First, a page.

Chapter 17 - Surgical Diseases
Modern Surgery
Inflammation
Suppuration and Abscess
Mortification
Pyaemia
Ulceration and Ulcers
Boils
Carbuncle
Malignant Pustule
Burns and Scalds
Frost Bite
Chilblains
Mechanical,Injuries
Septic Wounds
Incised Wounds
Rules for Examining and Dressing Wounds
Antiseptic Dressings
Way Wounds Unite
Punctured Wounds
Lacerated Wounds
Granulation and Scarification
Gunshot Wounds
Poisoned Wounds
Fractures
Way Broken Bones Unite
Dislocations
Different Diseases of Bones
Pereostitis
Necrosis
Coxalgia
White Swelling
Bunions
Whitlow
Stiff Joint
Tumors
Cancer
Polypus
Piles
Wens
Aneurisms
Bronchocele
Water in the Scrotum
Blood in the Scrotum
Phlebitis
Varicose Veins
Hernia
Varicocele
Deformities and Irritations of the Spine
Wry Neck
Foreign Bodies in the Eye
Stye
Inflammation of the Edge of the Eyelids
Disorder of the Lashes
Ptosis
Chronic Inflammation of the Lachrymal Sac
Opthalmia
Inflammation of the Cornea
Inflammation of the Iris
Weakness of Sight
Imperfect Vision
Short and Long Sight
Squinting
Affections of the Ear
Inflammation of the Meatus
Wax in the Ear
Earache
Inflammation of the Tympanum, Deafness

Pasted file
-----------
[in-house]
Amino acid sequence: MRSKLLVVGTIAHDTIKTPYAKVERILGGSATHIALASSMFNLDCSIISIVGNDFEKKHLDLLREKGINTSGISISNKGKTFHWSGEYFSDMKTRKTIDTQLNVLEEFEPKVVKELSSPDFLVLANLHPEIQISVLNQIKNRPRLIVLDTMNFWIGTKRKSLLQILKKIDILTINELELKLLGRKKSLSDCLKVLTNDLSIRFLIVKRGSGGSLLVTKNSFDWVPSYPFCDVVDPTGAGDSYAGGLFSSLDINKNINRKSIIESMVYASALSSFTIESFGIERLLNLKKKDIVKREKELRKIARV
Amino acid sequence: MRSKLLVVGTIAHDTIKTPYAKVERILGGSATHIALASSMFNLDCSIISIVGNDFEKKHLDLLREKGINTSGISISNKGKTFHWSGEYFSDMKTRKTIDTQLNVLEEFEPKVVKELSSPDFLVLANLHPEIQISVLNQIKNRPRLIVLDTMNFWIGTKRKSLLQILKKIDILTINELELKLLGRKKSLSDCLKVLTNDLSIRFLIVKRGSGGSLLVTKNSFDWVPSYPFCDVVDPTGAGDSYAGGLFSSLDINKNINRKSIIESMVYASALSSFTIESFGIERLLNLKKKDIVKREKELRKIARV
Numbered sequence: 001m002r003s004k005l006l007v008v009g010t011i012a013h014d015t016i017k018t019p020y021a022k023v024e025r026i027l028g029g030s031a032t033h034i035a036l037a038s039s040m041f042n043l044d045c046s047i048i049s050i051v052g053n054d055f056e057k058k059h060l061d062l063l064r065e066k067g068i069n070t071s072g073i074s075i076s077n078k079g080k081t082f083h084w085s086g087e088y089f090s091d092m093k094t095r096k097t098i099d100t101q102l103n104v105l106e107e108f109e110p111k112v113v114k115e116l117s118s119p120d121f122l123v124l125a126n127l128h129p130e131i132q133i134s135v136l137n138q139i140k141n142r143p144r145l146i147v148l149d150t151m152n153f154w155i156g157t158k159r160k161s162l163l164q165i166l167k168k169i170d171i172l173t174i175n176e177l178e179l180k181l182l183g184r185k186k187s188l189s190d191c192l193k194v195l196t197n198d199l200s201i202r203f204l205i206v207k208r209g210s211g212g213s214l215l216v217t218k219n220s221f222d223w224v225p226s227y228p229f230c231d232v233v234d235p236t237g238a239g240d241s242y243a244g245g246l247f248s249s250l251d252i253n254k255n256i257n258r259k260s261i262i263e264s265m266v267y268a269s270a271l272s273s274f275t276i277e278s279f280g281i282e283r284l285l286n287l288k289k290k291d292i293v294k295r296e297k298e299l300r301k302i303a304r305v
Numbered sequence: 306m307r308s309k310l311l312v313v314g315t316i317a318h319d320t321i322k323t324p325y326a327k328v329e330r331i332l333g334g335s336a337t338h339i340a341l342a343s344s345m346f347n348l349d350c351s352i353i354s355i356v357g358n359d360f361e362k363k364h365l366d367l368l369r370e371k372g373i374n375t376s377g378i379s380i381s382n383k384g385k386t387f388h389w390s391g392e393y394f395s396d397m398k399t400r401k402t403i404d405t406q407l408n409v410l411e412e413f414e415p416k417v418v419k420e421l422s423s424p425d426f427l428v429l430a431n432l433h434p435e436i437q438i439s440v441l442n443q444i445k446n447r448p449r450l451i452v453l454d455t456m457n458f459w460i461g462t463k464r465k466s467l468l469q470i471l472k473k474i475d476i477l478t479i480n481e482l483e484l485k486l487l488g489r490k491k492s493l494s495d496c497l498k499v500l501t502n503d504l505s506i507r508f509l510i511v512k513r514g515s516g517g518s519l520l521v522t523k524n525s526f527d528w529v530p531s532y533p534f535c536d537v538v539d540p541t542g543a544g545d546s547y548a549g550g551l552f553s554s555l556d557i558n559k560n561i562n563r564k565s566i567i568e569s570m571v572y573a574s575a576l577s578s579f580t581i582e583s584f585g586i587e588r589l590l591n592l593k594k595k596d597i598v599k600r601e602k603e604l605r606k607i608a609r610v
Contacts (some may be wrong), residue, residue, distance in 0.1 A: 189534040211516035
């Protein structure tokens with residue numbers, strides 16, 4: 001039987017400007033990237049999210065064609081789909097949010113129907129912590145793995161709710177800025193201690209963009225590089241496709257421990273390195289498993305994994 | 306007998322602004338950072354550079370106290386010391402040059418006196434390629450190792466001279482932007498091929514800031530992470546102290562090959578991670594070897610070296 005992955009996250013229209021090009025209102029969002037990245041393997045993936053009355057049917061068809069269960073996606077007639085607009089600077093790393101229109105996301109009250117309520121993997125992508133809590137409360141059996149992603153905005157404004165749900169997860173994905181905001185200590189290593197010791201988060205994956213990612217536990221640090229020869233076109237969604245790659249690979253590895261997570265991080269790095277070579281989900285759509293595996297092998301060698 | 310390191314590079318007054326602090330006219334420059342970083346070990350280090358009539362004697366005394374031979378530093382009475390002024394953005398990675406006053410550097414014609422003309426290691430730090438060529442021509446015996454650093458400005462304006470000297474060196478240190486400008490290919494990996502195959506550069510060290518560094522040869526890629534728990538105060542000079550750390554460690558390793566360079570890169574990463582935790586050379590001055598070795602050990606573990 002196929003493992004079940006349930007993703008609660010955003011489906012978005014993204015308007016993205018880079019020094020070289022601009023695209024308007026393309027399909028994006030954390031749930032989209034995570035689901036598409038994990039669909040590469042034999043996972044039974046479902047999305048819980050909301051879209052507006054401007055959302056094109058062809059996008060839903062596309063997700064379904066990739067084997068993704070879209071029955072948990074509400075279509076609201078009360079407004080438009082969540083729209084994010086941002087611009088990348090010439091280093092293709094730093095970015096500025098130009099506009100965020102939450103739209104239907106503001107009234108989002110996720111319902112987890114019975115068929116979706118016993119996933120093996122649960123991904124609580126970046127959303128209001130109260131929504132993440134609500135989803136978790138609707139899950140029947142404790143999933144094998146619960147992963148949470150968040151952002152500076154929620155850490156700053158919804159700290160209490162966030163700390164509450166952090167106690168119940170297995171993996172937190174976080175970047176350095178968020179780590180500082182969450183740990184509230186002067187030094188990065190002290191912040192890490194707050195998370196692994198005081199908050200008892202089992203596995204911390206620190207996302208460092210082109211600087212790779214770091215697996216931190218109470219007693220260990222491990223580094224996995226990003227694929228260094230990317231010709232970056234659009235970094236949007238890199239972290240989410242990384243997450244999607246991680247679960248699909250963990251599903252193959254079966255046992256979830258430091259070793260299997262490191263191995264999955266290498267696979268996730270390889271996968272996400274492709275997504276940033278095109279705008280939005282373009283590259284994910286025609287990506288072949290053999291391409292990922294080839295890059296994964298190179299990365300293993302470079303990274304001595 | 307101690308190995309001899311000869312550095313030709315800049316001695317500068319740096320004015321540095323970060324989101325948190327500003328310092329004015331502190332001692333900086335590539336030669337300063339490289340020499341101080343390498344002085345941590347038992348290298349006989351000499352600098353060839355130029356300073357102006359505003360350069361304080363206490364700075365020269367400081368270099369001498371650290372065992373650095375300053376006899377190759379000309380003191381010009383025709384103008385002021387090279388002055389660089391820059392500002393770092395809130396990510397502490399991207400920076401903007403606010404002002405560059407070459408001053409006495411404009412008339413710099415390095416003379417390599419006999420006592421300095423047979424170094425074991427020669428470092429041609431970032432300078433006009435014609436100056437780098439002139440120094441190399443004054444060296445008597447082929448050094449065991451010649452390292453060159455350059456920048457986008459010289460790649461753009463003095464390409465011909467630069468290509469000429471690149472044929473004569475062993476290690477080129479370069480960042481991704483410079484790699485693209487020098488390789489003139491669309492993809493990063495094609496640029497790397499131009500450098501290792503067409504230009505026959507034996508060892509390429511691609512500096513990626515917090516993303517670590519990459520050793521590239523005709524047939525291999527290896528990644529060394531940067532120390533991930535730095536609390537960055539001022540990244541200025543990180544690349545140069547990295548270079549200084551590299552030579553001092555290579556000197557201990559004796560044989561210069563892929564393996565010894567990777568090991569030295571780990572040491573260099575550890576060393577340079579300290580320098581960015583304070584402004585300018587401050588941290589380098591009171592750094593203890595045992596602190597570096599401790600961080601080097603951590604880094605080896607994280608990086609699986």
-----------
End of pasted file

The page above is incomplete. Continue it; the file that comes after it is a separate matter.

Bleeding from the Nose
Ingrowing Toe Nail
Chafing and Excoriation
Foreign Substances
Bleeding from Wounds
Proud Flesh
Ambrine
Compression of Arteries to Stop the Flow of Blood
Anesthetics
Care of the Teeth
Rotting of the Teeth
Tooth-Ache
Filling Teeth
The First Teeth
Cleaning the Teeth
Ulcer of the Stomach
Glanders
X-Ray
Radium
Trachoma
Arterio-Sclerosis
Flatfoot
Riggs' Disease
Bandages

17.30 Coxalgia

Disease of the Hip Joint. Coxalgia.

This generally consists in inflammation of the synovial membrane and capsular ligament of the hip joint, ending frequently in ulceration and destruction of the head and neck of the thigh bone.
The symptoms are fullness in the groin; pain, which is increased by motion; aggravated when the limb bangs without touching the ground; is more felt in the knee than in the hip itself; and shoots down along the inside of the leg, as far as the instep. The thigh inclines forward, and the limb has the appearance of being longer than the other, though in the latter stages, it is really shorter.

Treatment. Before suppuration takes place, apply heat and friction, and enjoin perfect rest. After suppuration, keep the patient upon his back, on a mattress, and mould to the parts thick pasteboard splints, with pads, and give tonics. Keep the bowels open with senna and bicarbonate of potash, and rub the parts with iodide of potassium ointment, or with preparations (195), (196), (197). The disease being scrofulous, the iodide of potassium (140) may be taken with advantage internally. The disease occurs for the most part in children. They should be put on a long splint from the very fast and the joint kept immobilized.

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